Johnson gets past `dead arm' feeling

ORIOLES NOTEBOOK

Pitcher feels `really good,' ready to start tomorrow

April 14, 2002|By Joe Christensen | Joe Christensen,SUN STAFF

CHICAGO - Orioles pitching coach Mark Wiley said Jason Johnson might have been experiencing a brief case of dead arm Wednesday night against the Tampa Bay Devil Rays.

Johnson had a decrease in velocity and called the entire outing a struggle, even though the Devil Rays scored just three runs off him in 5 1/3 innings.

"Pitchers go through that," Wiley said yesterday. "Usually it happens in spring training. With him, I think it was just dead arm. He had his life back in his arm [Friday], throwing on the side, and all his stuff was crisp."

Johnson wasn't exactly sure what caused him trouble against Tampa Bay, but he thought it probably had something to do with going seven days between starts.

The Orioles were off Monday, and Tuesday's game was rained out, pushing Johnson back after he held the New York Yankees to one run in 7 2/3 innings on April 3.

If it was indeed dead arm, Johnson said that would be a first for him.

"It's possible," he said. "I've never had dead arm before, so I don't know what it feels like. So I don't know if that's what it was or what. I guess we'll find out.

"On the sideline [Friday], it felt great. My arm felt really good."

Johnson is scheduled to pitch in tomorrow's series finale against the Chicago White Sox. At 0-2, he doesn't have a lot to show for his first two starts despite posting a 2.77 ERA. But the Orioles were encouraged Wednesday, just watching the way he battled without his best stuff.

"That's probably the worst I've seen J.J. throw in about a year and a half," said second baseman Jerry Hairston. "And he still kept them right there."

Bullpen roles

Manager Mike Hargrove still hasn't committed himself to naming Jorge Julio as the team's closer, but the bullpen roles are beginning to take shape.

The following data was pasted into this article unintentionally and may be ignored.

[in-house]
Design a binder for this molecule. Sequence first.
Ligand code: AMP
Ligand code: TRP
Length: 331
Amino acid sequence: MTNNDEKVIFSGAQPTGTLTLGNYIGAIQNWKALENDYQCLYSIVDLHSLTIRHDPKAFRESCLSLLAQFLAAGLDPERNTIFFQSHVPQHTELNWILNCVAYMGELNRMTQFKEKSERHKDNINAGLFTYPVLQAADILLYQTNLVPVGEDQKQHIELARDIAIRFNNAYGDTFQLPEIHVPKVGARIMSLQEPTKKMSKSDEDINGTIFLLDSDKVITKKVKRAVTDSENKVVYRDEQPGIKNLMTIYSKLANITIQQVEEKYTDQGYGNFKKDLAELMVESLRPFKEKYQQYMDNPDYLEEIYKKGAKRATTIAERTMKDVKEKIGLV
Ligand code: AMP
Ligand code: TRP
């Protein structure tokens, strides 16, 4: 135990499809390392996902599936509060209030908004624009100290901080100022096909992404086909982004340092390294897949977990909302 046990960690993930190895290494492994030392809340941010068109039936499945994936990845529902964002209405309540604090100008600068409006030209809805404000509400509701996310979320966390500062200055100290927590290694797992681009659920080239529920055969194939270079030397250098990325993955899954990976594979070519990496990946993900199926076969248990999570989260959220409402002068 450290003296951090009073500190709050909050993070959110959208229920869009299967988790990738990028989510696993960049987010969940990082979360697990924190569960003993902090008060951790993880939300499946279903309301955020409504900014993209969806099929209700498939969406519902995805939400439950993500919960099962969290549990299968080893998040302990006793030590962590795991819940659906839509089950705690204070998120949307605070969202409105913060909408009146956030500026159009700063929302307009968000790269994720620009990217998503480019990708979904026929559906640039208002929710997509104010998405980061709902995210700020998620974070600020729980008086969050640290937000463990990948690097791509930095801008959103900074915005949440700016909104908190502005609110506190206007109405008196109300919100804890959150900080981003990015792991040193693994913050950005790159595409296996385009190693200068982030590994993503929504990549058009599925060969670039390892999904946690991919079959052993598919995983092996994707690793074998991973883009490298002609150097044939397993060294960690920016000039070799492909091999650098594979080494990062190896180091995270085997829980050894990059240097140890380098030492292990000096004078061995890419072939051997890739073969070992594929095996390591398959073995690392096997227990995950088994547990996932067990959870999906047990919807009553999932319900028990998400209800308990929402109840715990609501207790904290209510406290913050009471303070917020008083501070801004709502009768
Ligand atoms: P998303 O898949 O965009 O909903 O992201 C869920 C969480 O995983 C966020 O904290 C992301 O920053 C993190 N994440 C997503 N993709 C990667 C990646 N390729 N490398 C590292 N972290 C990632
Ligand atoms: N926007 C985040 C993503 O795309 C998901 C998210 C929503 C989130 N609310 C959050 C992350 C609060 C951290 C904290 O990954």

The Orioles still haven't entered a ninth inning with a save situation, but had they made it there yesterday, Julio would have taken the mound, Hargrove said.

Then again, Hargrove said Willis Roberts would have had the save opportunity Friday had the Orioles come back to take the lead with Roberts already having pitched the eighth.

Julio has finished four games already this season, entering in the ninth each time and pitching a scoreless inning. But Hargrove has remained cautious with the 23-year-old right-hander.

In the eighth inning yesterday, Hargrove could have used left-hander Buddy Groom to face Kenny Lofton and Ray Durham, but Hargrove said he was saving Groom at the time to back up Julio in the ninth.

Lofton singled, Durham reached base on Melvin Mora's error, and both wound up scoring decisive runs. When Groom came in, the Orioles were already trailing 4-3.

"We thought that Willis could get those two guys," Hargrove said. "We really felt Willis could get us to the ninth."

Injury update

Hairston, who has missed the past two games with a strained left groin, did some light running yesterday and is targeting Tuesday or Wednesday for his return.

David Segui said his right Achilles' tendon has fully healed after costing him two weeks of spring training games and bothering him slightly as the season started. Serving as the designated hitter for the first seven games, Segui has played the past three at first base. He said he can continue playing there, as long as his chronically injured left knee cooperates.

Around the bases

At 2-8, the Orioles are off to their worst start since 1988, when they started the season 0-21. ... Before making his costly defensive mistake, Mora shined in the leadoff role yesterday, reaching base four times, with two singles, a walk and a hit-by-pitch.

Baltimore Sun Articles
|
|
|
Please note the green-lined linked article text has been applied commercially without any involvement from our newsroom editors, reporters or any other editorial staff.